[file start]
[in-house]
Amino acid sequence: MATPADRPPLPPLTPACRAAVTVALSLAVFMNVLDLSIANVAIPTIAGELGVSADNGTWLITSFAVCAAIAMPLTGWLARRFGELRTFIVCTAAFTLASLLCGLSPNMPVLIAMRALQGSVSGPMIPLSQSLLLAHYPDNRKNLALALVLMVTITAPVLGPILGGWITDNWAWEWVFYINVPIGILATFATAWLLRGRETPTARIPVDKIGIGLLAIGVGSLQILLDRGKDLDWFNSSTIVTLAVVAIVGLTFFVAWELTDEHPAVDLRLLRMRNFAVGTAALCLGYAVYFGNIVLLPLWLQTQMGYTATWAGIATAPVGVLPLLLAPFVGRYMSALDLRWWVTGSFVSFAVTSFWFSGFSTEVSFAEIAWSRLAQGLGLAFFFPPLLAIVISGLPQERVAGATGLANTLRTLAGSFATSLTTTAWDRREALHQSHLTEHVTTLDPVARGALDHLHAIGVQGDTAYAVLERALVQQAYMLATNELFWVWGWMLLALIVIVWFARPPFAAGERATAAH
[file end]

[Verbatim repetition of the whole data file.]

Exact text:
[in-house]
Amino acid sequence: MATPADRPPLPPLTPACRAAVTVALSLAVFMNVLDLSIANVAIPTIAGELGVSADNGTWLITSFAVCAAIAMPLTGWLARRFGELRTFIVCTAAFTLASLLCGLSPNMPVLIAMRALQGSVSGPMIPLSQSLLLAHYPDNRKNLALALVLMVTITAPVLGPILGGWITDNWAWEWVFYINVPIGILATFATAWLLRGRETPTARIPVDKIGIGLLAIGVGSLQILLDRGKDLDWFNSSTIVTLAVVAIVGLTFFVAWELTDEHPAVDLRLLRMRNFAVGTAALCLGYAVYFGNIVLLPLWLQTQMGYTATWAGIATAPVGVLPLLLAPFVGRYMSALDLRWWVTGSFVSFAVTSFWFSGFSTEVSFAEIAWSRLAQGLGLAFFFPPLLAIVISGLPQERVAGATGLANTLRTLAGSFATSLTTTAWDRREALHQSHLTEHVTTLDPVARGALDHLHAIGVQGDTAYAVLERALVQQAYMLATNELFWVWGWMLLALIVIVWFARPPFAAGERATAAH